If there were ever a time to plan ahead, it’s now. We are yearning for a change of scenery, a great adventure, a treat to make up for the sacrifices and seclusion of the last year. We may not have confidence in reaching our dream destination this year, but come 2022, things should be brighter and better. And booking a bucket list trip now fuor next year will give us something to look forward to, to plan, to occupy our daydreams. The heat of the sun, the smells and sounds of a different place, new sights to jumpstart inspiration, to make us feel alive. And free.
I only have to close my eyes to remember speeding over sleek steel tracks along the spine of Australia, through its beguilingly varied desert landscape, to places of incredible natural beauty. The Ghan Expedition—a romantic four-day, three-night railway journey through 2,979 kilometres of outback—is one of the world’s iconic rail routes, providing an unfolding adventure in comfort and style.
I’d spent a few days before hitting the rails exploring Darwin and the Northern Territory’s Top End, where I’d seen big saltwater crocodiles (“salties”), dingoes, eagles, and all sorts of unfamiliar insects and reptiles. I’d visited Wangi Falls, a segmented waterfall in Litchfield National Park, south of Darwin, for a wild swim, immersing myself in the crystal-clear, bracingly cold water.
It was an unseasonably hot and humid morning in April when I boarded the Ghan. The elegant, snake-like body of the train overlapped Darwin’s long railway station at both ends. With a firm jolt, the bold red engine began to haul its silver carriages away, rocking and squeaking as the wheels rolled along the shining tracks and the train slowly picked up speed. Soon we were cruising at an average 85 kilometres per hour toward the outback towns of Katherine, Alice Springs, and Coober Pedy en route to Adelaide.
The Ghan averages 774 metres in length with more than 30 carriages plus two locomotives. It can take 49 crew members and nearly 300 guests in gold and platinum service. It is so long that, at one point, I spotted the chef travelling efficiently along the platform by bicycle to get from one end to the other.
The Platinum Club carriage exudes comfort and old-world luxury, with timber flooring, brass fittings, quartzite table tops, and large windows for viewing wildlife. We were served dishes reflecting the region we travelled through: grilled kangaroo loin; smoked kingfish with beetroot; crocodile-tail fillet; and scrumptious saltwater barramundi—a fish for which the Northern Territory is well known. Wine service is high end and showcases the best of South Australia’s vintners. Understanding there is no bad time for a glass of fizz, in platinum service Bollinger is on tap.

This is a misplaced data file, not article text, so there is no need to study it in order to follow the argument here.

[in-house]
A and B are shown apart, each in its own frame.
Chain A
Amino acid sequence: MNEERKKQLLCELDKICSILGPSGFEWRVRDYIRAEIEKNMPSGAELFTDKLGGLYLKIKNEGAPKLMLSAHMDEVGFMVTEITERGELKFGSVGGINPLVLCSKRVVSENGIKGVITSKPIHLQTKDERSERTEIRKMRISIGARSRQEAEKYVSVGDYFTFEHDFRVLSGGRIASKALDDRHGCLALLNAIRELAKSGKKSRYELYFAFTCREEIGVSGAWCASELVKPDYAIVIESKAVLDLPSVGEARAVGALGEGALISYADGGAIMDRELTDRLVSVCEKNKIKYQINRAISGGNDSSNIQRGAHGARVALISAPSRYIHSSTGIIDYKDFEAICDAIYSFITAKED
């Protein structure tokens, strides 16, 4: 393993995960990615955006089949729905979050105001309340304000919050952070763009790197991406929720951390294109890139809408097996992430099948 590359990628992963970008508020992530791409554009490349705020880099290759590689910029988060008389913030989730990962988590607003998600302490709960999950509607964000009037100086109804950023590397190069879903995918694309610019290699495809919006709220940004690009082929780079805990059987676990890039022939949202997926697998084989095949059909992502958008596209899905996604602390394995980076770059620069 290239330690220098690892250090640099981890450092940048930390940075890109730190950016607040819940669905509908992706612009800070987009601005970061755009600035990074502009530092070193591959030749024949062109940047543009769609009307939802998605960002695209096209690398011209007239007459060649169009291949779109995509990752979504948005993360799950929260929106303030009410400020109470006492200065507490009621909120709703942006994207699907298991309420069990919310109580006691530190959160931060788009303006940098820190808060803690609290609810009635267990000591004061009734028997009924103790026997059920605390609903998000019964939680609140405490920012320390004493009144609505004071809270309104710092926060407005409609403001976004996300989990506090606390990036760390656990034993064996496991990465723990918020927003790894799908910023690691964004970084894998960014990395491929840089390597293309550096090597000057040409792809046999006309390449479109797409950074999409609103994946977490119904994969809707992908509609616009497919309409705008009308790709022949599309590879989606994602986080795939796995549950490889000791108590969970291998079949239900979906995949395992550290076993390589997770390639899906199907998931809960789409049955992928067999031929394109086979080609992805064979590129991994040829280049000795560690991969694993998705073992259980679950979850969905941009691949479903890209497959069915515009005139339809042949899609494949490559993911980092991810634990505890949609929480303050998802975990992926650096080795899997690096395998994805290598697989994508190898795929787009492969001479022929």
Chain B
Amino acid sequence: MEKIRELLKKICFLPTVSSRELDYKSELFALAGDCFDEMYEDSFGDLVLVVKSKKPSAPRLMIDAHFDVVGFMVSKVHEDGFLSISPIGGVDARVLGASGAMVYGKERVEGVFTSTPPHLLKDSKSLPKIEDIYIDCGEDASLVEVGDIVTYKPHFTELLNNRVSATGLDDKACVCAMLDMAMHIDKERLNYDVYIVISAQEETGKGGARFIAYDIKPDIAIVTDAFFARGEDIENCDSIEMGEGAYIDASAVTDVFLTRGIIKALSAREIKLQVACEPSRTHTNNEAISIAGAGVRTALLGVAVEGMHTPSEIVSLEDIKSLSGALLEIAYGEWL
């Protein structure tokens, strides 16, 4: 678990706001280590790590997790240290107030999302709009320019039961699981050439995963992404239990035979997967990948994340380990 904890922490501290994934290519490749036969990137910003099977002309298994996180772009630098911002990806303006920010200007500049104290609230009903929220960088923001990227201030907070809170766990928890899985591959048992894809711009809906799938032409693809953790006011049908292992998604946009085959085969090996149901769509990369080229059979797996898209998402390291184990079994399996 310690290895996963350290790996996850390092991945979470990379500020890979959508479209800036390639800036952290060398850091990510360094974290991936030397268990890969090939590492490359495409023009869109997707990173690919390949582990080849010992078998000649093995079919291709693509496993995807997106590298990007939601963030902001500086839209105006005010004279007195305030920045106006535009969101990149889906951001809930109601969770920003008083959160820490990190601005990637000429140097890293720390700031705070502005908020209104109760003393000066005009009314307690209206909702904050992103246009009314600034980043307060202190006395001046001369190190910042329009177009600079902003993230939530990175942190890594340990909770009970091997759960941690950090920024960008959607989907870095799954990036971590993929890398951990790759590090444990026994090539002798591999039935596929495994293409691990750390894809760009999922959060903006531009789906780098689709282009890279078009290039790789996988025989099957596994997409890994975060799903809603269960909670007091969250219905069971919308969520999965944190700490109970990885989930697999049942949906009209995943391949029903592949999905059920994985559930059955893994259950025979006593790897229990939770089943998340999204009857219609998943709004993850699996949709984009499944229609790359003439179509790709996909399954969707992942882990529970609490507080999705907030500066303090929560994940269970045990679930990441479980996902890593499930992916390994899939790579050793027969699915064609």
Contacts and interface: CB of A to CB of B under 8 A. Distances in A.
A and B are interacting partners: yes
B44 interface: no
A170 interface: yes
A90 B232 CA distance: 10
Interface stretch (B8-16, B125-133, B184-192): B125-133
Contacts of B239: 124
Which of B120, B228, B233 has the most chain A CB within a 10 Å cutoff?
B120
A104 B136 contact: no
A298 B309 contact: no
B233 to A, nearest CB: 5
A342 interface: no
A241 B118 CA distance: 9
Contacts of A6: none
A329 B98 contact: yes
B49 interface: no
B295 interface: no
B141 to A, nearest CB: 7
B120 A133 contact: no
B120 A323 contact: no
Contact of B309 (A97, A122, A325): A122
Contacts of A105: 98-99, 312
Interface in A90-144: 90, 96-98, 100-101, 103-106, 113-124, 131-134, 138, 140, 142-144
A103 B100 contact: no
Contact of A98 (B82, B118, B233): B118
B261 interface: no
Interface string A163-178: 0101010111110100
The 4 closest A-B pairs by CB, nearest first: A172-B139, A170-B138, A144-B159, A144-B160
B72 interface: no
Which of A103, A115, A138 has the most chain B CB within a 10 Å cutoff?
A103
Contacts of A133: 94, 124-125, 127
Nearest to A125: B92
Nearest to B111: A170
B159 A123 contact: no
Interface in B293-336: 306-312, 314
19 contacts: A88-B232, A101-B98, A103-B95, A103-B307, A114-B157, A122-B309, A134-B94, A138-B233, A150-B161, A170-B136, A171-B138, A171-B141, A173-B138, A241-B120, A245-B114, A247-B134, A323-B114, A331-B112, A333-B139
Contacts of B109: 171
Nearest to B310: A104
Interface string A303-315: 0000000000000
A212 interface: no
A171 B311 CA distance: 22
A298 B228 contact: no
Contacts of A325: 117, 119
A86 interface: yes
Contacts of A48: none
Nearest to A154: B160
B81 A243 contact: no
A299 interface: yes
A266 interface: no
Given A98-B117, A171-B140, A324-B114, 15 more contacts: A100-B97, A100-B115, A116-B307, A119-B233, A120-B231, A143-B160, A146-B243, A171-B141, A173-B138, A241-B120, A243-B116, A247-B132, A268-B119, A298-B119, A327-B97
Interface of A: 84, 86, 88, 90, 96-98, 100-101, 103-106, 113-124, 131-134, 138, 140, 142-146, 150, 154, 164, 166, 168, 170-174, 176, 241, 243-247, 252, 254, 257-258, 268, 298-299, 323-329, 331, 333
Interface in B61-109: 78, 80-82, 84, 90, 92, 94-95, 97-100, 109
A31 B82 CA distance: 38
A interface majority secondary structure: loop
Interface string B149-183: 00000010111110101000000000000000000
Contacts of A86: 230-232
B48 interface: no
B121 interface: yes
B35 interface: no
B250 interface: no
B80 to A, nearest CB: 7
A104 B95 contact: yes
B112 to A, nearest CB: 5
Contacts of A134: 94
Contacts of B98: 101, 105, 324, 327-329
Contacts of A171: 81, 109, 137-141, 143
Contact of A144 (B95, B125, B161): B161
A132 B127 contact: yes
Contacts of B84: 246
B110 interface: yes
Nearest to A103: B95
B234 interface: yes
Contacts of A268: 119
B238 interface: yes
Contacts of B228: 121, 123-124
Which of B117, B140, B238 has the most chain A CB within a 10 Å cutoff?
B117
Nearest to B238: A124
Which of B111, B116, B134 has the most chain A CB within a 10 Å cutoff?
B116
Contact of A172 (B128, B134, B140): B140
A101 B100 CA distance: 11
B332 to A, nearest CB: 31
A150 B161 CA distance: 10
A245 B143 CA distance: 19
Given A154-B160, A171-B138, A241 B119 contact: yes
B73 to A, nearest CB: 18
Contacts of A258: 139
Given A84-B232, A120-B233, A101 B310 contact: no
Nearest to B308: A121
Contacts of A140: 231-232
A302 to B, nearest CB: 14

There are optional activities at stops along the way. At Katherine, 300 kilometres south of Darwin, a helicopter flight to Nitmiluk National Park swooped low enough to appreciate its breathtaking gorges and extraordinary sandstone cliff faces. That night, while passengers slept, the train covered nearly 1,200 kilometres for us to wake up in the remote town of Alice Springs. I rose with the sun and watched it light up the red ochre landscape, the coarse spinifex plants, and the desert oaks that lined the train tracks. The flat, sun-scorched land offers many reds and browns, but Alice Springs brought greenery—more than I expected.
From Alice Springs, a thrillingly scenic 335-kilometre flight in a light aircraft over the harsh red terrain took me to the remarkable sandstone monolith of Uluṟu, formerly known as Ayers Rock, followed by a walking tour (climbing the rock is now prohibited) around the base of the 550-million-year-old natural sandstone landmark—a sacred site for the Yankunytjatjara and Pitjantjatjara people indigenous to the region. On the return flight, we circled the monolith a couple of times for a close-up view of the top before our tiny plane returned to Alice Springs.
As we crossed into South Australia on the third day, the boundless sky erupted into a display of pink hues as sunrise gave way to another dazzling morning, surrounded by sun-baked emptiness that shimmered in the Antipodean dawn. We had reached the small, quirky town of Coober Pedy, full of independent miners looking for their fortune; most of the world’s opal is found in this area.
One local miner told me why he lives here. “Hope—hope that one day you’ll discover the perfect opal that may just be on your patch of ground and will turn your life around for good.”
Here we visited the famous Dog Fence, which stretches more than 5,000 kilometres across South Australia to protect sheep herds from dingoes. At the Kanku-Breakaways Conservation Park, we explored extraordinary ancient rock formations, the landscape familiar from the film The Adventures of Priscilla, Queen of the Desert.
Temperatures here reach more than 40°C in the summer. Some enterprising locals escape the soaring desert temperatures by living underground in spaces resembling giant rabbit burrows. We were given a taste of how that feels, eating a subterranean lunch within the narrow tunnels of one of the mines.
Reaching South Australia’s cosmopolitan capital Adelaide meant the end of the line. I stepped down from the train for the last time with a sense of pure joy and achievement. The Ghan is one of the world’s great rail journeys—and a trip worthy of your post-pandemic planning.